Getting me to dentist is like pulling teeth

The electric chair: File image
The electric chair: File image
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Did you know the electric chair was invented by a dentist? That might not be so shocking to those of us who have long held the view that a visit to the dentist is a fate worse than death. My old dentist in Melville Place used to inject me with anaesthetic then send me to the waiting room to give the drugs time to work. “Don’t run away,” he would add as he sat me down.

Remember when people used to have actual face-to-face conversations in the pub instead of sitting in a circle looking at their smartphones? One of our favourite subjects was swapping dental horror stories. My pal Raymie told me a belter about getting his wisdom teeth out. He’d heard the procedure could be a tad nippy so he asked for a general anaesthetic. The trouble was they didn’t give him enough. He woke up gasping and flailing in mid-op, feeling as if there was a huge weight pressing down on him. There was. A six foot six dental student was kneeling on Raymie’s shoulders, howking at his wisdom teeth with a pair of industrial pliers.

Those early dentists didn’t have much of a bedside manner; “drilling, filling and billing” was their game. Patient comfort came a poor second. Mind you, we only had ourselves to blame. We ate sweets all day, every day. Penny Chews, Soor Plooms and “Hokey-Pokey penny a lump, the more you eat, the more you pump”. It was only when we got a toothache that we dragged ourselves to the surgery. By then, it was often too late and in those days it was the rule rather than the exception for Scottish men and women to have all their teeth removed and false ones made instead. You’ll have to read the next sentence twice to be sure – and then double-check it on Google: in 1972 an amazing 44 per cent of Scots over 16 had NO teeth at all. My Papa and Grandma and most of my aunties and uncles entertained us kids at family knees-ups by taking their teeth out and gurning at us, one after another. We thought it was hilarious.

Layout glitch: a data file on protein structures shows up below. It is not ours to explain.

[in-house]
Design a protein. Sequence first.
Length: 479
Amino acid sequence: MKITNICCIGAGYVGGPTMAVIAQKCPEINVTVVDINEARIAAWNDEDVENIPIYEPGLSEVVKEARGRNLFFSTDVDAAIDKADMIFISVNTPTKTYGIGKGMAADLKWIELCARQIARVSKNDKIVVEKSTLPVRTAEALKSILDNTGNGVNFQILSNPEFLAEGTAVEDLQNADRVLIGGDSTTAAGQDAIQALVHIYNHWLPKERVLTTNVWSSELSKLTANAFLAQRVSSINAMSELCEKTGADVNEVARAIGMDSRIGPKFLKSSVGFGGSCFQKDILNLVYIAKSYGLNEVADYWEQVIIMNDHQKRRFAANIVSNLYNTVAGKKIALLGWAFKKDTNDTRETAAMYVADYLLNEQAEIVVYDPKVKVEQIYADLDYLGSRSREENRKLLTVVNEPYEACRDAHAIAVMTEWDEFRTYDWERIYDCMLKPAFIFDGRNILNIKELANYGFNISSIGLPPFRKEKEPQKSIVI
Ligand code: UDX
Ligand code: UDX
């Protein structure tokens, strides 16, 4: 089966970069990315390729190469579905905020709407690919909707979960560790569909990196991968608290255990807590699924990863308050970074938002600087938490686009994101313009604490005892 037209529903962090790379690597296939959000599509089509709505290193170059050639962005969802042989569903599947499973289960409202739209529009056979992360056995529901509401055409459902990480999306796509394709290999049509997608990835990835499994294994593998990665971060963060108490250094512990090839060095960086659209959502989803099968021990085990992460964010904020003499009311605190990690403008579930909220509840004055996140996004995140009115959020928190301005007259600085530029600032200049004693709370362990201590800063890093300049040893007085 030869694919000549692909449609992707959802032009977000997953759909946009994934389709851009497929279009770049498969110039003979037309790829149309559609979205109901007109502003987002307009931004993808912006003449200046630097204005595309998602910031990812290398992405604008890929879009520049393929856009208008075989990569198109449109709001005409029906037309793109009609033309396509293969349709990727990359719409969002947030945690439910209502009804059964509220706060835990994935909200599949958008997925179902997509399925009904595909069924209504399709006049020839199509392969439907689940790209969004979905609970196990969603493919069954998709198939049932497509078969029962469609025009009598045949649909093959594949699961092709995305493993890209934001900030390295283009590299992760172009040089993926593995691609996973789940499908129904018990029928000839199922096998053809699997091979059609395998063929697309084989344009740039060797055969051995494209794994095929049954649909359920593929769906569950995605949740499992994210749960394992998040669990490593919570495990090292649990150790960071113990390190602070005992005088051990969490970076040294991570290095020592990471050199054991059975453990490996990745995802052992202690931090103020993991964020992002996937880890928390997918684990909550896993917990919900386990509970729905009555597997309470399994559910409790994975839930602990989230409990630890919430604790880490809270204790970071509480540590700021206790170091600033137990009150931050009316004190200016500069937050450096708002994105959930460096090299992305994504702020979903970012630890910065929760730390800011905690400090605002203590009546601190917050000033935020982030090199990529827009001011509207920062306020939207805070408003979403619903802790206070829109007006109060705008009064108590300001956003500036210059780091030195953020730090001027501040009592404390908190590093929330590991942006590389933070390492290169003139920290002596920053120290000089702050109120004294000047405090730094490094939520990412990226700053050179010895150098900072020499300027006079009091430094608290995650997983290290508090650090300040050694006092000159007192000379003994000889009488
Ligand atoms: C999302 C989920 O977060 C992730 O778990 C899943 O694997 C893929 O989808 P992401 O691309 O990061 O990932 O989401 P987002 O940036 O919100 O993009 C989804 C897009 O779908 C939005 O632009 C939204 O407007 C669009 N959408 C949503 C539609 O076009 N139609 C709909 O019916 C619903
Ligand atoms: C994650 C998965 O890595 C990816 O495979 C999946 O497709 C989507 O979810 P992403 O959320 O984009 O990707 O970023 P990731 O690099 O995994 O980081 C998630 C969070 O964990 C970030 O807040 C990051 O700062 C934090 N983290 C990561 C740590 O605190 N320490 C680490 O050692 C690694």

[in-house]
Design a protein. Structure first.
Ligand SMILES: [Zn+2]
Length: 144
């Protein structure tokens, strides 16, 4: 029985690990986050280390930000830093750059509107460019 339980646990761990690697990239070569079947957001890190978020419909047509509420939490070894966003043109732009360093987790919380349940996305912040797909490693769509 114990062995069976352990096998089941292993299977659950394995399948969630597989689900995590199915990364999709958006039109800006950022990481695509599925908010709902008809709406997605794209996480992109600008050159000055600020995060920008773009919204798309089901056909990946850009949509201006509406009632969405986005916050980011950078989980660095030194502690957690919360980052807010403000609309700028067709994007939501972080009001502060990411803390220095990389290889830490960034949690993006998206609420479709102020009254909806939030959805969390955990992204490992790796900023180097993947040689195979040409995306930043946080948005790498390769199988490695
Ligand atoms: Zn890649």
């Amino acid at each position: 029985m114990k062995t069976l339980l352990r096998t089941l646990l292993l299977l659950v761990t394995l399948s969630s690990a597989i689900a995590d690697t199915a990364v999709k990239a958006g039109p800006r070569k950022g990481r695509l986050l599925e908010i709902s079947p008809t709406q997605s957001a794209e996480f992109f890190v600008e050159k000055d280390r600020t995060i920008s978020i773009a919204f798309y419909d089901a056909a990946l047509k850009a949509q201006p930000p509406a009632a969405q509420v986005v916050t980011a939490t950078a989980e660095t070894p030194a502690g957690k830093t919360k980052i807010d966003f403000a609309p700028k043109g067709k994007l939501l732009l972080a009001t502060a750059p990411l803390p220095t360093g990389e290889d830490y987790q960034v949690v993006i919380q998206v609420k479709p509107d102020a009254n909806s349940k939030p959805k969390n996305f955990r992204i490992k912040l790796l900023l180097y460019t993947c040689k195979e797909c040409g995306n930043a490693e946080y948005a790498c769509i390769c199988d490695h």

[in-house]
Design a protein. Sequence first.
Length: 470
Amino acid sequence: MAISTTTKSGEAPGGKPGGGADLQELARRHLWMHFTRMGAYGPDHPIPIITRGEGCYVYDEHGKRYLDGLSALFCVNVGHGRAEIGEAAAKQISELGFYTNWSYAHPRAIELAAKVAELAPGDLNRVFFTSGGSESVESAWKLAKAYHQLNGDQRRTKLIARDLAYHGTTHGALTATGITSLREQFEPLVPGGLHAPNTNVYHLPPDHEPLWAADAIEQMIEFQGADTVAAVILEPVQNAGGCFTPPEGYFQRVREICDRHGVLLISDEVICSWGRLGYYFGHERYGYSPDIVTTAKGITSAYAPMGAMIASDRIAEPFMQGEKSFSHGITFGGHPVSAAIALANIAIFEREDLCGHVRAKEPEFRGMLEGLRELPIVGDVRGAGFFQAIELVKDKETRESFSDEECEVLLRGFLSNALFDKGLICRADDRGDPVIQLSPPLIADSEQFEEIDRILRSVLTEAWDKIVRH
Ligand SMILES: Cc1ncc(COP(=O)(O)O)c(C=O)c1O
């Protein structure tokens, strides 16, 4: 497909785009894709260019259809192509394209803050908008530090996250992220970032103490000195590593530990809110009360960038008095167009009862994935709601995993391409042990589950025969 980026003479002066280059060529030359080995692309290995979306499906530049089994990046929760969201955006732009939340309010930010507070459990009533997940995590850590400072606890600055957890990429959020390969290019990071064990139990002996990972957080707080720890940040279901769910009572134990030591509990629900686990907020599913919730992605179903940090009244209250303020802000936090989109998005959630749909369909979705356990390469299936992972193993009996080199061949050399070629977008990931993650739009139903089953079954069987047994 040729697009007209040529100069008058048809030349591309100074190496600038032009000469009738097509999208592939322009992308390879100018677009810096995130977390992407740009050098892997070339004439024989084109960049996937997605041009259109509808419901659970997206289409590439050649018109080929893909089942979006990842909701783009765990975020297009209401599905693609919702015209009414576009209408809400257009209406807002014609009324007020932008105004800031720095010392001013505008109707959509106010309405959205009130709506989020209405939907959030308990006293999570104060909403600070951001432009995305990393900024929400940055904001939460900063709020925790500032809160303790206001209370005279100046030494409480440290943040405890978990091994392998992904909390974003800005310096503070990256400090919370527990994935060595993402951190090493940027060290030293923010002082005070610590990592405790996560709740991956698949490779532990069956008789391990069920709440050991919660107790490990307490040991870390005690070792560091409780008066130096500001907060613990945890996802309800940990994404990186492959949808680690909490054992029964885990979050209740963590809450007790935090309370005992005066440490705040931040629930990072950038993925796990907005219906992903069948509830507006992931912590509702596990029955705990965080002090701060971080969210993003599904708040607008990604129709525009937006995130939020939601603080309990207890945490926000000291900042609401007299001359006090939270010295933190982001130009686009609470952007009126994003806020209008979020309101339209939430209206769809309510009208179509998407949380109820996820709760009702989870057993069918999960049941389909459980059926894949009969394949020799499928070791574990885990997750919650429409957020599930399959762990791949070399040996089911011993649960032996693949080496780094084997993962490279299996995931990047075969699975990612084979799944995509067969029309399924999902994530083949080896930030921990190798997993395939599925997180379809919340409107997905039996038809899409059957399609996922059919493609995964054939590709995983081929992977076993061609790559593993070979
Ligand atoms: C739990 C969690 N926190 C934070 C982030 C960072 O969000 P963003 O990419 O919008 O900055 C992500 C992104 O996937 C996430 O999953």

Slowly, our teeth and our dental care have improved. The big soft drinks companies have been forced by public outcry and George Osborne’s Sugar Tax to manufacture no-sugar alternatives to their enamel-melting concoctions. AG Barr have just announced the birth of Irn-Bru Extra which promises “extra taste but no sugar”. Let’s hope they take the dye out too. When Kirkcaldy comedian Daniel Sloss was first talent-scouted by the BBC they had to give his mouth a makeover. They loved his jokes about being addicted to Irn-Bru. But they didn’t like the way it had turned his gnashers orange - so they spent several hundred quid having them whitened before they would let him anywhere near a camera.

The whole field of cosmetic surgery is opening up now and Eastern Europe is particularly good value. My missus begged me to go to Hungary to get my gap-toothed grin straightened out before the wedding. I wasn’t keen so in the end she fixed my teeth the cheapest way possible – by retouching the photos on her computer.